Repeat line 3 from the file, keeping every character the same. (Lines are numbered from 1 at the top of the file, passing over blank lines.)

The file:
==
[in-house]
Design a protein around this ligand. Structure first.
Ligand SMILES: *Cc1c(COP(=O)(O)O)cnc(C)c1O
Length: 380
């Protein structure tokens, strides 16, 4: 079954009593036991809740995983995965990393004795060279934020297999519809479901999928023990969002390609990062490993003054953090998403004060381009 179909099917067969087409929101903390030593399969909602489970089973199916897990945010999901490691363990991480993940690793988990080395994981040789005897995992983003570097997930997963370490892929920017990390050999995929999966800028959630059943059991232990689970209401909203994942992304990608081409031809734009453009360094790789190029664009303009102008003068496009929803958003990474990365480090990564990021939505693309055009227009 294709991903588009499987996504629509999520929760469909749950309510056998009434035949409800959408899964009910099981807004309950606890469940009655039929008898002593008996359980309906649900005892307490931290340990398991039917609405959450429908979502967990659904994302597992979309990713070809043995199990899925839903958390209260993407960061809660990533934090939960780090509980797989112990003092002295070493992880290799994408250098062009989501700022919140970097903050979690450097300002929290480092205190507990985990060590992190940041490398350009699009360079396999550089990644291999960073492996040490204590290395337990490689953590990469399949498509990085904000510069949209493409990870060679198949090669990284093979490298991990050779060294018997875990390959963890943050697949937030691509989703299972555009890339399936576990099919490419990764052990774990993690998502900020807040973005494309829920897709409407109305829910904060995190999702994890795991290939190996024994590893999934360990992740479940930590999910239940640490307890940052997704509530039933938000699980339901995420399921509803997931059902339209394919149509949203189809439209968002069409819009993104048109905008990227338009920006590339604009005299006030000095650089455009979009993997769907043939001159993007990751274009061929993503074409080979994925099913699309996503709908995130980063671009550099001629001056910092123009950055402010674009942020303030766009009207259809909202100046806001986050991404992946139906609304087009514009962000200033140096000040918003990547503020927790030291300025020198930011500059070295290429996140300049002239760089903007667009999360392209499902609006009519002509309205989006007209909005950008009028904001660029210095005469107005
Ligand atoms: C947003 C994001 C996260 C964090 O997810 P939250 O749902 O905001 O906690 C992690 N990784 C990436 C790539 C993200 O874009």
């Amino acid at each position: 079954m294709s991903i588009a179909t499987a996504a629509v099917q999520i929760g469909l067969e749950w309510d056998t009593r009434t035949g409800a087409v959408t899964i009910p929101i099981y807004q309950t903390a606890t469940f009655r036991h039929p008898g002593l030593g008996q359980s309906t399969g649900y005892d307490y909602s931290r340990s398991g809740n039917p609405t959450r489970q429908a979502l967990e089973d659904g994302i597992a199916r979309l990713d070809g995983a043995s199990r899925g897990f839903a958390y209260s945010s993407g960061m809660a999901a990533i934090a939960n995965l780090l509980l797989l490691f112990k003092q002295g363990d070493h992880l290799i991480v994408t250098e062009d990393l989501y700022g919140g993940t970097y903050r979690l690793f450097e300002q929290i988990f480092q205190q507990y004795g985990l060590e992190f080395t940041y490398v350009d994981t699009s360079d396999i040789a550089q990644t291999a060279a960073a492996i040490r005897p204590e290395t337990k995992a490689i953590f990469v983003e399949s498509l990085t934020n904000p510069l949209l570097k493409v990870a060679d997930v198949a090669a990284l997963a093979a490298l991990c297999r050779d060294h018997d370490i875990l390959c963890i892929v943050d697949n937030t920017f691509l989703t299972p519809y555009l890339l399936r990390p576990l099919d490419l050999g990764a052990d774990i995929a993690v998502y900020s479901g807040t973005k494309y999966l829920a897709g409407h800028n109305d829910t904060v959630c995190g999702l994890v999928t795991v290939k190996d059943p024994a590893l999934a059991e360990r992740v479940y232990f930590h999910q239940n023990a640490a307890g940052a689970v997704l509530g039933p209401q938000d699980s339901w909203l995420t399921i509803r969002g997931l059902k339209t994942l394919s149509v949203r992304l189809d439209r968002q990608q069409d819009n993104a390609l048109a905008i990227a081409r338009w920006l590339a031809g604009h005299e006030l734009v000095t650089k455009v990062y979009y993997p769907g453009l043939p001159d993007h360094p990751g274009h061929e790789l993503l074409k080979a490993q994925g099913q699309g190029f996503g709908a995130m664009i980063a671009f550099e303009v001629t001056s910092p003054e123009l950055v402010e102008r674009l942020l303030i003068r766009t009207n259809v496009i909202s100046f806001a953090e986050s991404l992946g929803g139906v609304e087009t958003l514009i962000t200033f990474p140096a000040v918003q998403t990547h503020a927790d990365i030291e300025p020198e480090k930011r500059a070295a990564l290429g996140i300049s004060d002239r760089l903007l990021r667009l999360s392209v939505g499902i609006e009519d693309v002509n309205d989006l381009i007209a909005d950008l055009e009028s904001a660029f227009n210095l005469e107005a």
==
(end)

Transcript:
Ligand SMILES: *Cc1c(COP(=O)(O)O)cnc(C)c1O